Martechvibe Explains: Headless CMS

Martechvibe-Explains-Headless-CMS

Headless CMS allows content developers/curators to manage digital content without coding or developing pages. It is interesting to know why they are becoming popular among content curators, marketing, and sales teams across the globe.Martechvive-Logo-Explain

Do content marketers need to be technologists? Perhaps not. But that doesn’t stop them from using cutting-edge AR apps to add immersive experiences to ecommerce platforms. Chances are you have seen how decor companies use AR and image capture to compare how a new couch would look in the user’s living room. All this is possible because of an integrated headless CMS. With this, ecommerce companies can use APIs to create augmented reality experiences for their customers.

A headless content management system (CMS) is essential for websites that allow content developers and curators to manage digital content without coding or developing pages. CMS lets you manage everything from written content to graphics, thus making for easy website management.

There are broadly two types of CMS: traditional and headless.

Headless Content Management Systems (CMS) are a way forward for effective content management as it gives the flexibility to reposit content without assuming when or how it is delivered.

A Headless CMS runs in the cloud and has back-end content that gives content managers the flexibility to share content across all media platforms where their audience is.

Nowadays, generating content for only websites is not enough. Developers must ensure that the same content is presentable, readable, and accessible via multiple channels, including mobile, tablets and other devices. This is impossible without an effective content management ecosystem or, in other words, without having a headless CMS.

Traditional CMS offers a single solution to manage both content and the front-end. A headless CMS provides flexibility in dealing with the content. Once you create content and publish it via the application programming interface (API), that’s about it. The headless CMS has no impact or input on the front end. It allows content curators to get the content out in many ways possible.

Why Do You Need a Headless CMS?

  • Front End and Back End teams can work separately

Headless CMS separates front-end user experience (UX) design from the content management backend. So it allows both front and backend development teams to work independently while maintaining some amount of coordination.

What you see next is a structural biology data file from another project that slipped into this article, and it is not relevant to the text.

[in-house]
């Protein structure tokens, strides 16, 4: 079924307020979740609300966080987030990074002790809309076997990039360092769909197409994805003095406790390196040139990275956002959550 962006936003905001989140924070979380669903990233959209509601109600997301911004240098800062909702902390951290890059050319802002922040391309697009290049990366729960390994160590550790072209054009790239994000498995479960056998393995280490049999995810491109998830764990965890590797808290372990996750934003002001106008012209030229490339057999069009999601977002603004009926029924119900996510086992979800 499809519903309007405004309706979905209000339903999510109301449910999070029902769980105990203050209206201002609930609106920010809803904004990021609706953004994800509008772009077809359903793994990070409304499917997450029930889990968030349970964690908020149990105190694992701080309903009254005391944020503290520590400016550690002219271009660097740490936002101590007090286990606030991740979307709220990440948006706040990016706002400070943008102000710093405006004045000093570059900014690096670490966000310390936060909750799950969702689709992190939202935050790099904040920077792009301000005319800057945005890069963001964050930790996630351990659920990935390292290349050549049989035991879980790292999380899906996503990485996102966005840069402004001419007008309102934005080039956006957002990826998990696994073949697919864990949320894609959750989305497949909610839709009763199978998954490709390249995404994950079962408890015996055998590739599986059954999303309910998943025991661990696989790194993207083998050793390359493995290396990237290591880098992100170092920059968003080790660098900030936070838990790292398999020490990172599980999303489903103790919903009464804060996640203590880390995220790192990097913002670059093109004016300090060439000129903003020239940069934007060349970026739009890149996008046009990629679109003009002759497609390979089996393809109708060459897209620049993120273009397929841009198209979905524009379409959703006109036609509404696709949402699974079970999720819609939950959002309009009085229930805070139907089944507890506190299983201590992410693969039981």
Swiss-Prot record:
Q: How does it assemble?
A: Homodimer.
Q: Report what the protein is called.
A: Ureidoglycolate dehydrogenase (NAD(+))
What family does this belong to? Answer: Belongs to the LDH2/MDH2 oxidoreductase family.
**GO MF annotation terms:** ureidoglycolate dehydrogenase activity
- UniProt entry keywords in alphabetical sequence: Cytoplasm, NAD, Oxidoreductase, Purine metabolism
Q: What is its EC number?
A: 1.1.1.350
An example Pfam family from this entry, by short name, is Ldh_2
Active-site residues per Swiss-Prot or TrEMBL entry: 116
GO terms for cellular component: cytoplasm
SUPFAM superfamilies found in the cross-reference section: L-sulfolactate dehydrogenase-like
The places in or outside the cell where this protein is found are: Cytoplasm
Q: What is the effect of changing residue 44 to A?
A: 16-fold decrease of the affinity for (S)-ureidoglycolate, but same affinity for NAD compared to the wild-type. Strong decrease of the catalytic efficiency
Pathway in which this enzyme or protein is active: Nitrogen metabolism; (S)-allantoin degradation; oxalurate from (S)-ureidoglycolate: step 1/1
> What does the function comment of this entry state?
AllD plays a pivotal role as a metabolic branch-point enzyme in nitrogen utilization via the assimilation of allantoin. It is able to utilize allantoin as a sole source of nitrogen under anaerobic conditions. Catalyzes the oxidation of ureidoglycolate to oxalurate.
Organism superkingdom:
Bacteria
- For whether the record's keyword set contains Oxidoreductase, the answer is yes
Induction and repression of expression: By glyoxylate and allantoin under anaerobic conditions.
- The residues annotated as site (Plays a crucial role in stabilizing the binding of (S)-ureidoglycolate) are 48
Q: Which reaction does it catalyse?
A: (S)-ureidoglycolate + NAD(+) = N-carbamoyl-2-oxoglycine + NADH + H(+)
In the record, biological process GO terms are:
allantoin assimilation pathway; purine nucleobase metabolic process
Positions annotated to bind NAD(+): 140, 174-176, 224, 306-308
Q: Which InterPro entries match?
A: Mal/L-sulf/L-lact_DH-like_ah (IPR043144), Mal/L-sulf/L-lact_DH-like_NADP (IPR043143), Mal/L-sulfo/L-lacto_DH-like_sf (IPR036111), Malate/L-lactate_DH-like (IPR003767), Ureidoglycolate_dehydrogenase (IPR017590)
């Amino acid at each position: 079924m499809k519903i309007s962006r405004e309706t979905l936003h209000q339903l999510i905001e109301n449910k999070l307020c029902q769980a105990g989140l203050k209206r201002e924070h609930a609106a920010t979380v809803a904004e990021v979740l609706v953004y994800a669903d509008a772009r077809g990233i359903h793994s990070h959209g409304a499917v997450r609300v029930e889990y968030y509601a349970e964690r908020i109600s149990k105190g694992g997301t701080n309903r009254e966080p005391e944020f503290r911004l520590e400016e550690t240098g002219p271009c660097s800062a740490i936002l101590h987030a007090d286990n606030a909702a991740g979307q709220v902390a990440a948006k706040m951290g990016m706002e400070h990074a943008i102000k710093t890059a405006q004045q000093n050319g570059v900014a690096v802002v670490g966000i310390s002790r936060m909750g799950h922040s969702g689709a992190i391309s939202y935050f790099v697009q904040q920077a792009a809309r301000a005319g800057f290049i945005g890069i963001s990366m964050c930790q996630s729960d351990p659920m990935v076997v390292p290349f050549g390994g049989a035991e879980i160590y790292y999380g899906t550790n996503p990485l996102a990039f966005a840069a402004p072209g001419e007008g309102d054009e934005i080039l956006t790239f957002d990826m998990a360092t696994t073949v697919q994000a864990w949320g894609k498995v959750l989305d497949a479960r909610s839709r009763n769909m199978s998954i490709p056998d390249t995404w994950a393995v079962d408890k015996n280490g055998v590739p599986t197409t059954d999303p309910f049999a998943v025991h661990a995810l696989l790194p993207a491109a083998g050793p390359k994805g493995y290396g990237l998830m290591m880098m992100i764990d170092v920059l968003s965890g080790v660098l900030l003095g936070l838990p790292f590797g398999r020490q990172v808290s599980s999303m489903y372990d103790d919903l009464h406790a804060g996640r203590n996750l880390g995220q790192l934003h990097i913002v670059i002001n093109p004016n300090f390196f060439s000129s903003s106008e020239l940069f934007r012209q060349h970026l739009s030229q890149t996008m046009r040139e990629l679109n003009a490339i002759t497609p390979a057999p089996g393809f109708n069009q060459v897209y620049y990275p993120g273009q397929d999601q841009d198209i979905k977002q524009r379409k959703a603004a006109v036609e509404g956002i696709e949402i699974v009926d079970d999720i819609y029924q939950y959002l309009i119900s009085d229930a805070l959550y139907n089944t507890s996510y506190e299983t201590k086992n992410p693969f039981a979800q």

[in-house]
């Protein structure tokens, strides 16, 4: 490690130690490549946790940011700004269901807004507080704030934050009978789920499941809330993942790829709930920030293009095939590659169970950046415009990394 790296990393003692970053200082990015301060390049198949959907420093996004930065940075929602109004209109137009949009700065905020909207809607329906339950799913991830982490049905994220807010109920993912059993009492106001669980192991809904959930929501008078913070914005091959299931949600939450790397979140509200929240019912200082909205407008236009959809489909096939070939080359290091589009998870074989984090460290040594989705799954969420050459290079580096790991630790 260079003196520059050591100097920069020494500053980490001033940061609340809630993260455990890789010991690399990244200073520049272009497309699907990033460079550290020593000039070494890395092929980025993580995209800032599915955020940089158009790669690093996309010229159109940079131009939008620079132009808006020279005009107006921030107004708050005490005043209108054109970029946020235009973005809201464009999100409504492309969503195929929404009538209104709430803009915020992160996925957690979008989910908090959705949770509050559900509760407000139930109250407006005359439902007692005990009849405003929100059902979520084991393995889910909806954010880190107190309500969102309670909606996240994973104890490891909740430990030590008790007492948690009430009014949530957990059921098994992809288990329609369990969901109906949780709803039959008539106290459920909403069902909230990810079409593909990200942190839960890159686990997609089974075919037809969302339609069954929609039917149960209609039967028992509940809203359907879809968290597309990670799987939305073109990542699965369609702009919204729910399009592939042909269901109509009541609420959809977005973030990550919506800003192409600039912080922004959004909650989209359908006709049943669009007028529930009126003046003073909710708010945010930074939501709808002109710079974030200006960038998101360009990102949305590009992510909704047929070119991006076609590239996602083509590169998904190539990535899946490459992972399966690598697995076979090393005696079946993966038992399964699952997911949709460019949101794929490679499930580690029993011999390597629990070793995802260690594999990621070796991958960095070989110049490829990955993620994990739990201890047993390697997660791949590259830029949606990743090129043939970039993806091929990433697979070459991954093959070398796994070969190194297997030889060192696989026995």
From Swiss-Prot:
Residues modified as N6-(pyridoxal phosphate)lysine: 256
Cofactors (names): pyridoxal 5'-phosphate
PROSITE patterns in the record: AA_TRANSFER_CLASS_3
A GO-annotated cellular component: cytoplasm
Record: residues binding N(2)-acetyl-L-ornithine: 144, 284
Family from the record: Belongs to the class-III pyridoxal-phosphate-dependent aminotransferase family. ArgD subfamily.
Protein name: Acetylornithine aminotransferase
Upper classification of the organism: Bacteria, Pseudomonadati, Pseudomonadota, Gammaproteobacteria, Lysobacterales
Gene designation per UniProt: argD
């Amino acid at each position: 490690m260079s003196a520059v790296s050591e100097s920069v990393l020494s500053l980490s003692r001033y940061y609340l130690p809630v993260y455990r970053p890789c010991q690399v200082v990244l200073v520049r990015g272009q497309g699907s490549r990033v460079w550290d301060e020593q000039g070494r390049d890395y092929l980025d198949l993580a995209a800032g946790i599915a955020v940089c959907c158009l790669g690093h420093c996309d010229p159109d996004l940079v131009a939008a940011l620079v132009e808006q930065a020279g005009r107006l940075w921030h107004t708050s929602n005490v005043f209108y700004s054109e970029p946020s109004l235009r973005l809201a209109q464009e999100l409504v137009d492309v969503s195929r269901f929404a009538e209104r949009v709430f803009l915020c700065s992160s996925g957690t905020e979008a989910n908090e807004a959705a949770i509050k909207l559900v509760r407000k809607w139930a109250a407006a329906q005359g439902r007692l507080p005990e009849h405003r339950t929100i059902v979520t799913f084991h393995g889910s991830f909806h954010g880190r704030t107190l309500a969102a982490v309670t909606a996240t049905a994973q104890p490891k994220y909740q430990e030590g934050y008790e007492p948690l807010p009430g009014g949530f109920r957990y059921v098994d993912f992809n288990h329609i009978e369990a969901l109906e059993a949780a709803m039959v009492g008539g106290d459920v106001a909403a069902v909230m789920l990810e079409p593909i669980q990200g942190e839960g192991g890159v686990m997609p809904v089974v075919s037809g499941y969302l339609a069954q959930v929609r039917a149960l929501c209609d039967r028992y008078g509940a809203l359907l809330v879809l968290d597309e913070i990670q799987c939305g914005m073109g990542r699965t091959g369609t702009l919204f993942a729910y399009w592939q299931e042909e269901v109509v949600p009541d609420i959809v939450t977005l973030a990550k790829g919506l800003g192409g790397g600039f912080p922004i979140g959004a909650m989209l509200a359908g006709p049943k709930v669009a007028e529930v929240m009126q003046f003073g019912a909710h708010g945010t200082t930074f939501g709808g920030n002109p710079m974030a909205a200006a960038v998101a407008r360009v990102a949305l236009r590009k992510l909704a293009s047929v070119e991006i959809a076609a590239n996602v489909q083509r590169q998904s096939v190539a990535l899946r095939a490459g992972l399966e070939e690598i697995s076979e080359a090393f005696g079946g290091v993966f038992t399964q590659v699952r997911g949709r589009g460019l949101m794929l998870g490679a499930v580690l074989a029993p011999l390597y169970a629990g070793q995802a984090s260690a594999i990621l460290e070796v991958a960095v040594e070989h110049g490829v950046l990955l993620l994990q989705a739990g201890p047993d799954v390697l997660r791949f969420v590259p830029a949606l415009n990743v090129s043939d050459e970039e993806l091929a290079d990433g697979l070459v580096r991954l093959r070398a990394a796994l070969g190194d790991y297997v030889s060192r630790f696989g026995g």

• For Creating Interactive Digital Experience

A headless CMS provides a repository to structure content to create personalised and connected experiences, which can benefit ecommerce companies.

During the pandemic, several gym members could continue their exercise through online classes as fitness franchises created a digital experience to replace the physical experience. Headless CMSes could capture, organise, and personalise content for workouts and wellness. The fitness companies could directly engage with members, in-gym or elsewhere. They maintained an extensive collection of videos, tagged by ambience, workout goals and members’ interests, and then delivered on-demand snippets to connected devices.  These companies accessed data from fitness trackers and wearables to find out more about customers’ objectives and capabilities and provided them with relevant alerts.

  • Boon for Sales Teams

A headless CMS entrenched within a sales application can help salespersons to access relevant information that sparks customers’ interests or addresses their concerns. Sales teams can curate content from the company’s marketing materials, individualise links for each customer engagement and present selections on personalised web pages.

Marketing groups, in turn, can support the content-related metadata through promotional materials stored in the content repository and distribute the same across multiple channels.

Sales teams need content curators and developers to synchronise content-related metadata with a systematic step- by step approach in a business process. To ensure the same, information architecture is needed to manage the content-related metadata and several enterprise applications to manage sales processes.

Conclusion

Headless CMS is preferred by both users and developers as they give flexibility to both on how to use content seamlessly. Content developers, curators, and marketing and sales teams can use the content per their needs without repeatedly recreating it.

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